2. Genetic tests to look for one of up to 30 different genetic contributors to the development of spondyloarthritis. Most often, a test for presence of the HLA-B27 gene is ordered. However, just because you have the gene doesn’t mean you have or will develop spondyloarthritis.


These are the medical treatments that are commonly prescribed to patients with spondyloarthritis:

  1. Nonsteroidal anti-inflammatory drugs (NSAIDs), such as ibuprofen or aspirin, are effective at relieving pain and inflammation.
  2. Corticosteroids. Injections of corticosteroids directly into the joint or membrane into the area of the joint affected can help provide quick relief.
  3. Disease-modifying antirheumatic drugs (DMARDs). These are prescribed when neither NSAIDs nor corticosteroids provide enough relief. DMARDs are used to relieve symptoms and prevent joint damage. In particular, DMARDs are effective for patients who have arthritis that affects the joints and arms of legs.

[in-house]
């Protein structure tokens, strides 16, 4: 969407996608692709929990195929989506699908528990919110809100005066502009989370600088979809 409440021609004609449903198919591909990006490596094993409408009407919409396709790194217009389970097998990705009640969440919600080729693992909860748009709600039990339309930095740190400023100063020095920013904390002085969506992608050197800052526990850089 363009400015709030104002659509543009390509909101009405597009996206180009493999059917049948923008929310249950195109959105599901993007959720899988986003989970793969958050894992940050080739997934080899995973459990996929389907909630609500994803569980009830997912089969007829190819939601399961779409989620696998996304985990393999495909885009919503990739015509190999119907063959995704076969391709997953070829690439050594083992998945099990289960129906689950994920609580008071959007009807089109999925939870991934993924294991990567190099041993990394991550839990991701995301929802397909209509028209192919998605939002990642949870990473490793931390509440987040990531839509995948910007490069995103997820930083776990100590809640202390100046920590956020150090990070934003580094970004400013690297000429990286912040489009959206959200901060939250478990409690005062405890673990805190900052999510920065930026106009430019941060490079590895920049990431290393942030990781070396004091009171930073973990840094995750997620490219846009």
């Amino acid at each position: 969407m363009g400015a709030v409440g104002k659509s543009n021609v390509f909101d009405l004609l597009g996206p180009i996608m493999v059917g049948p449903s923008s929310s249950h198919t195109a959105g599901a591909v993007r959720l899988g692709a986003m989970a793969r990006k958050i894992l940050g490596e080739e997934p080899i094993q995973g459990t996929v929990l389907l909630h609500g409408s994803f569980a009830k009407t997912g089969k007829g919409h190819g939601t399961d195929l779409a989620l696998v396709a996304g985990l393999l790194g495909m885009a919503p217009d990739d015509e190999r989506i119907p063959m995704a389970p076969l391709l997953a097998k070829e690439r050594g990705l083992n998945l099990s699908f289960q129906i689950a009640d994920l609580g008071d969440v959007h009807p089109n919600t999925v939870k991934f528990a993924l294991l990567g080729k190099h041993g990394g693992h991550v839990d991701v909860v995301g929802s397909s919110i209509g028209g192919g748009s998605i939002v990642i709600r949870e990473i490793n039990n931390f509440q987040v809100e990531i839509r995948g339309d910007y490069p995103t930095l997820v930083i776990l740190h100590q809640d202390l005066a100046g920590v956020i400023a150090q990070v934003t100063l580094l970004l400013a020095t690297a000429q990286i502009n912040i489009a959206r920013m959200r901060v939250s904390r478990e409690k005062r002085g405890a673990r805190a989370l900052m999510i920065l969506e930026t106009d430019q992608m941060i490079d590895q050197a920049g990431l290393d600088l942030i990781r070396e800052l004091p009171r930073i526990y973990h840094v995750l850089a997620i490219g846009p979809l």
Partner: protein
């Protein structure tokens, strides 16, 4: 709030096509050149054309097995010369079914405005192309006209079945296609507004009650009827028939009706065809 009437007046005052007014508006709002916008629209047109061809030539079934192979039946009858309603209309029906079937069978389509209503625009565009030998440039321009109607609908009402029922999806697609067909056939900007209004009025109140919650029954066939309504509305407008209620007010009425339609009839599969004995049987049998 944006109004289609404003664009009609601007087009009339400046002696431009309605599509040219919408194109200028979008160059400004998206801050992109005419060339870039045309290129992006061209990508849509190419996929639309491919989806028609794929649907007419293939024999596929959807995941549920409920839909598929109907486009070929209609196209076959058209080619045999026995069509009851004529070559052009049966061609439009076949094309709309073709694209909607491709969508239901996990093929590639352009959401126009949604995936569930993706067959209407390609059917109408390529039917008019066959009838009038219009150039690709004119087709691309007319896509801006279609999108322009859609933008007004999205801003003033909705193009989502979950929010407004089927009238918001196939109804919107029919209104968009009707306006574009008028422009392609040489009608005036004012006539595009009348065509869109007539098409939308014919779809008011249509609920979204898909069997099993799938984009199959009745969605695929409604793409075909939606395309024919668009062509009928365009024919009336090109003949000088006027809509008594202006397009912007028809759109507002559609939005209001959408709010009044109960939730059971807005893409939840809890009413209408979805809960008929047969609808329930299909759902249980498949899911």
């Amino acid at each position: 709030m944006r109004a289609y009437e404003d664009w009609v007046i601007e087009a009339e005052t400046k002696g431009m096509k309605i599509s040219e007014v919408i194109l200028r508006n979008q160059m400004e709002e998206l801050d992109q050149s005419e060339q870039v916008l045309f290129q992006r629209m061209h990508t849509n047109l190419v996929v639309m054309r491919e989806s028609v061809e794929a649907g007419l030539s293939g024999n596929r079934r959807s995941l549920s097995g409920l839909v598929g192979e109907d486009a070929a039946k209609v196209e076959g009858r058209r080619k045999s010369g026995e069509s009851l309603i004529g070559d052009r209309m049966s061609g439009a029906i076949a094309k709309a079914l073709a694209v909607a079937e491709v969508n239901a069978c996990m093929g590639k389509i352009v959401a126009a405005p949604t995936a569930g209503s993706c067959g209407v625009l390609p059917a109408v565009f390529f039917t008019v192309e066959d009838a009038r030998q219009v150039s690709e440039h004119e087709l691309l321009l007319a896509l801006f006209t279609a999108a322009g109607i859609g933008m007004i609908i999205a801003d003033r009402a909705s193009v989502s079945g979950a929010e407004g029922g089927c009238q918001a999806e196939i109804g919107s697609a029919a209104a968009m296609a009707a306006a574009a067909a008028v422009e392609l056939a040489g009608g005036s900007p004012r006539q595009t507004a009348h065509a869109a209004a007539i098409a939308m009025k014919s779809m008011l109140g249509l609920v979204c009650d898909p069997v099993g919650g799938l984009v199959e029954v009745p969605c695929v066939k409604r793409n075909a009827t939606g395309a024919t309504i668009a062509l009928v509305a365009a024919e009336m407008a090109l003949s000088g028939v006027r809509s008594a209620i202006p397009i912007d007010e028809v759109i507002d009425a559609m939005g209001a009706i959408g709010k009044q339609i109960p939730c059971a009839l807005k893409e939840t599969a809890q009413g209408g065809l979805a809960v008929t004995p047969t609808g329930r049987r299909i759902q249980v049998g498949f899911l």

4. Tumor necrosis alpha (TNF-alpha) blockers. These are a class of drugs that are effective at treating arthritis of both the spine and joints in the arms and legs. However, patients who take these drugs are at a higher risk for serious infections.
  5. Antibiotics can be useful for treatment of reactive arthritis.
  6. Surgery can be used for when inflammation destroys the cartilage in the hips. Surgeries for this type of problem can include a replacing a hip with a prosthesis, which is called a total hip replacement.

  • Braun, Jürgen, and Joachim Sieper. "Ankylosing spondylitis." The Lancet 369.9570 (2007): 1379-1390.
  • Taurog, Joel D., Avneesh Chhabra, and Robert A. Colbert. "Ankylosing spondylitis and axial spondyloarthritis." New England Journal of Medicine 374.26 (2016): 2563-2574.
  • Dougados, Maxime, and Dominique Baeten. "Spondyloarthritis." The Lancet 377.9783 (2011): 2127-2137.
  • Photo courtesy of

Your thoughts on this

User avatar Guest